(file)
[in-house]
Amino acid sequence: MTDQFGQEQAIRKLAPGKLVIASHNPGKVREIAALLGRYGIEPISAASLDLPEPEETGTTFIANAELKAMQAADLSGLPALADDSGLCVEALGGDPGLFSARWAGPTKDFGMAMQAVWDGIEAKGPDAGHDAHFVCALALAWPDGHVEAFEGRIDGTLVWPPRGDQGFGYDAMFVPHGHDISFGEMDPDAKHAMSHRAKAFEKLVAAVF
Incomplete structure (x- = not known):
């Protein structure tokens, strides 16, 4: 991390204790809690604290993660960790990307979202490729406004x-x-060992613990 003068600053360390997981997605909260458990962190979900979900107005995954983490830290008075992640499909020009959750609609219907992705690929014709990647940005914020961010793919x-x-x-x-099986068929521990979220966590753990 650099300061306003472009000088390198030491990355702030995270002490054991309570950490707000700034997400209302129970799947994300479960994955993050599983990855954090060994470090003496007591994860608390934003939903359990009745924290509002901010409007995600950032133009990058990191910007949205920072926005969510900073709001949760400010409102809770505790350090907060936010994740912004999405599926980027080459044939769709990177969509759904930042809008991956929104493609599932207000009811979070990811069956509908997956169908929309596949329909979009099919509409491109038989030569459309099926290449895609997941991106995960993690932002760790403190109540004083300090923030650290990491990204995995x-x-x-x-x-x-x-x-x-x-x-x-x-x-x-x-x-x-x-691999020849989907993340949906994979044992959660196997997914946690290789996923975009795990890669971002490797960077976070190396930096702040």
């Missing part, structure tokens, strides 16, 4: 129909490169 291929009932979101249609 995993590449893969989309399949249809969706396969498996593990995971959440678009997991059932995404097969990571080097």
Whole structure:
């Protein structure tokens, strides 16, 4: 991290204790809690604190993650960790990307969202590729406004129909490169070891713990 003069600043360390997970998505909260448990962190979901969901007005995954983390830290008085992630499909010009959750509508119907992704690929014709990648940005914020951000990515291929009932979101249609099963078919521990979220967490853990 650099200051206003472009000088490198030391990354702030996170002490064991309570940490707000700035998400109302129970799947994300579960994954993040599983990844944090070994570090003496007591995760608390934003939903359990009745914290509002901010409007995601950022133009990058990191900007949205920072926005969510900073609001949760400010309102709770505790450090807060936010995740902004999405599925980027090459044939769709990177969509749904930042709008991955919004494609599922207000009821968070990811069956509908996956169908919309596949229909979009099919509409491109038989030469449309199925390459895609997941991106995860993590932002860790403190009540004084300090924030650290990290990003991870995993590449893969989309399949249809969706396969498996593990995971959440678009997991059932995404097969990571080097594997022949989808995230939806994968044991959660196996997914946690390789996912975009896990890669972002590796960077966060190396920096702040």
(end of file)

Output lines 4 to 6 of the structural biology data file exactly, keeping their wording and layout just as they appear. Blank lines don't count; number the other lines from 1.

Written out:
């Protein structure tokens, strides 16, 4: 991390204790809690604290993660960790990307979202490729406004x-x-060992613990 003068600053360390997981997605909260458990962190979900979900107005995954983490830290008075992640499909020009959750609609219907992705690929014709990647940005914020961010793919x-x-x-x-099986068929521990979220966590753990 650099300061306003472009000088390198030491990355702030995270002490054991309570950490707000700034997400209302129970799947994300479960994955993050599983990855954090060994470090003496007591994860608390934003939903359990009745924290509002901010409007995600950032133009990058990191910007949205920072926005969510900073709001949760400010409102809770505790350090907060936010994740912004999405599926980027080459044939769709990177969509759904930042809008991956929104493609599932207000009811979070990811069956509908997956169908929309596949329909979009099919509409491109038989030569459309099926290449895609997941991106995960993690932002760790403190109540004083300090923030650290990491990204995995x-x-x-x-x-x-x-x-x-x-x-x-x-x-x-x-x-x-x-691999020849989907993340949906994979044992959660196997997914946690290789996923975009795990890669971002490797960077976070190396930096702040």
């Missing part, structure tokens, strides 16, 4: 129909490169 291929009932979101249609 995993590449893969989309399949249809969706396969498996593990995971959440678009997991059932995404097969990571080097």
Whole structure: